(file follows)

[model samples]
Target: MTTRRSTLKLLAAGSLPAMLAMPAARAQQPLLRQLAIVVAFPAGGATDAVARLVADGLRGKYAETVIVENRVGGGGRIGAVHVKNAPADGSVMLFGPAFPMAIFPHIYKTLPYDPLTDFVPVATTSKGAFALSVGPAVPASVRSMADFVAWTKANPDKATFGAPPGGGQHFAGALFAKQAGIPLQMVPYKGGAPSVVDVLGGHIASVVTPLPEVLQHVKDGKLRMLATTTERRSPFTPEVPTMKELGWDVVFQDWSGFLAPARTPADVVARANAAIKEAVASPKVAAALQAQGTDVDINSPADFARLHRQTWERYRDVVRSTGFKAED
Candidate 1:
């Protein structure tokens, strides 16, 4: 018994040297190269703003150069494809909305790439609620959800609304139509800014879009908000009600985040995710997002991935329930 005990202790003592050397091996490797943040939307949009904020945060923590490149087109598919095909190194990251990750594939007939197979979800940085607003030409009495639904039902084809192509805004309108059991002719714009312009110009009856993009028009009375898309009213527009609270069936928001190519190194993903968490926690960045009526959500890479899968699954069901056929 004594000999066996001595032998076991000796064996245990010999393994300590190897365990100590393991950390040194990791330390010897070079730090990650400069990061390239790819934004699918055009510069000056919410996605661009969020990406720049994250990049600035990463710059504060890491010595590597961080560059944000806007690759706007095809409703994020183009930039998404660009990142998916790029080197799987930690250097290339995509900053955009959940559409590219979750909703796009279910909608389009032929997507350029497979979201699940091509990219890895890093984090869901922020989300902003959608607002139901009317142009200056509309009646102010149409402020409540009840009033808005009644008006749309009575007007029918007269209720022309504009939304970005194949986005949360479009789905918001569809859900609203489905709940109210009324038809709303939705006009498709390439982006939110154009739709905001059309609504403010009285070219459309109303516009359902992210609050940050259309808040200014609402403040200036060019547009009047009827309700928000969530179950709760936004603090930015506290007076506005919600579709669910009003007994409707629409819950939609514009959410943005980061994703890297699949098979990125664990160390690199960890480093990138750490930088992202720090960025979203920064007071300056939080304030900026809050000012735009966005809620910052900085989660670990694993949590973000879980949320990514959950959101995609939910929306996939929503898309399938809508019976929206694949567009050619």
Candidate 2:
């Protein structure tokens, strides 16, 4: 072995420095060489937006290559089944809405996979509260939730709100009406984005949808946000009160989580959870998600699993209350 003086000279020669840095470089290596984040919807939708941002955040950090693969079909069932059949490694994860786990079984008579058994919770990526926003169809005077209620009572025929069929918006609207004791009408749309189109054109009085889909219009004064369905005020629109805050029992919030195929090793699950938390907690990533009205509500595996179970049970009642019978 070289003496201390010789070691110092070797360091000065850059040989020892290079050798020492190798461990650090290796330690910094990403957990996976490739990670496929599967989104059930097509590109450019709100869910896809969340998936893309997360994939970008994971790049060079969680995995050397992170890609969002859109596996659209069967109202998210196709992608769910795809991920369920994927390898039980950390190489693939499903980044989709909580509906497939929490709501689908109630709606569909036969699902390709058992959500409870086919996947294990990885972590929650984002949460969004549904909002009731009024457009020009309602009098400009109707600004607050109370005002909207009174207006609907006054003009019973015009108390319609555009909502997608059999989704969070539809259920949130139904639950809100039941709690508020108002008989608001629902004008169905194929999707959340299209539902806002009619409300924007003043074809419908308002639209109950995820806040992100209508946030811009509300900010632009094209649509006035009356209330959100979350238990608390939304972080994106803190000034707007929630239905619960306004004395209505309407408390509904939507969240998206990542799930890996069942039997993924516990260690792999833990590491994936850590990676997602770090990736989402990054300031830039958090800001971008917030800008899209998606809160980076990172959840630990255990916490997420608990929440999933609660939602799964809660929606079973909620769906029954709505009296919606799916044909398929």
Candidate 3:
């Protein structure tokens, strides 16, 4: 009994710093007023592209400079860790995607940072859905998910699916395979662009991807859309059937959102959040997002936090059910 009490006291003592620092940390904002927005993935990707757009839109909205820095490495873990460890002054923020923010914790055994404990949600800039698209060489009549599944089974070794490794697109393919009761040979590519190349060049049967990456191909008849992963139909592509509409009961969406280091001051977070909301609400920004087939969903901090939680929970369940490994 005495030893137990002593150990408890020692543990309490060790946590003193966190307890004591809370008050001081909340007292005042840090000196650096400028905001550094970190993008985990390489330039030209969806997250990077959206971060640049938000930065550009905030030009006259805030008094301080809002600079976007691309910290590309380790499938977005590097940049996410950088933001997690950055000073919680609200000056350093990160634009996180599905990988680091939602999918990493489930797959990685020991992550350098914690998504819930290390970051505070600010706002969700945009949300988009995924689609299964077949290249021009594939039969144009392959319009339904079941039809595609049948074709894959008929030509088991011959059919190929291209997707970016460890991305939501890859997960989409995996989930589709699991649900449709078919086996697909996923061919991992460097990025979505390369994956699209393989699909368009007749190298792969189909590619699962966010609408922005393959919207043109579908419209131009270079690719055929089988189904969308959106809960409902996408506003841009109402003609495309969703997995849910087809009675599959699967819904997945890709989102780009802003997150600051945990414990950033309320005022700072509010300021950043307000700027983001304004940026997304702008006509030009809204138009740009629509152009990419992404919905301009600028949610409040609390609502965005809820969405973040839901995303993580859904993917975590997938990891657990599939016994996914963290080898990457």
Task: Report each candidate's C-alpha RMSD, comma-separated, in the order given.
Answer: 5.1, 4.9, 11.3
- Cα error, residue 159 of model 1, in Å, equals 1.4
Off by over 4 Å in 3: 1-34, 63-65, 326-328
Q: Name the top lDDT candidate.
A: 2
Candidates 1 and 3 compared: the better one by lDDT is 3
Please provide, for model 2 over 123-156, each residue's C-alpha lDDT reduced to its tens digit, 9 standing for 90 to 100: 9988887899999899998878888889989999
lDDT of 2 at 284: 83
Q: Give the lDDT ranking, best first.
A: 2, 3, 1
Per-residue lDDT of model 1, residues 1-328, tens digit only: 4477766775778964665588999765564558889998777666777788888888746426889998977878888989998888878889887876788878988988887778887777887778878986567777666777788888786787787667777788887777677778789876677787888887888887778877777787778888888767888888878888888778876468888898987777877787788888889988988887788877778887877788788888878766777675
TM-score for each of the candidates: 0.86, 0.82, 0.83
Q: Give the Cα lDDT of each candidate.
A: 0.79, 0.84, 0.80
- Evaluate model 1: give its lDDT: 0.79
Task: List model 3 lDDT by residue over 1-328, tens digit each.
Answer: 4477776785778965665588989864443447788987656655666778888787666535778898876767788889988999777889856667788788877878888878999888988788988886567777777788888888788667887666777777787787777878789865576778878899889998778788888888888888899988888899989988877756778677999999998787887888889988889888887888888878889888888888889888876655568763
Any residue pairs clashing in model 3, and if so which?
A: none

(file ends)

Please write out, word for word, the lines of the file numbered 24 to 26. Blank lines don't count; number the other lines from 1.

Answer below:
- Evaluate model 1: give its lDDT: 0.79
Task: List model 3 lDDT by residue over 1-328, tens digit each.
Answer: 4477776785778965665588989864443447788987656655666778888787666535778898876767788889988999777889856667788788877878888878999888988788988886567777777788888888788667887666777777787787777878789865576778878899889998778788888888888888899988888899989988877756778677999999998787887888889988889888887888888878889888888888889888876655568763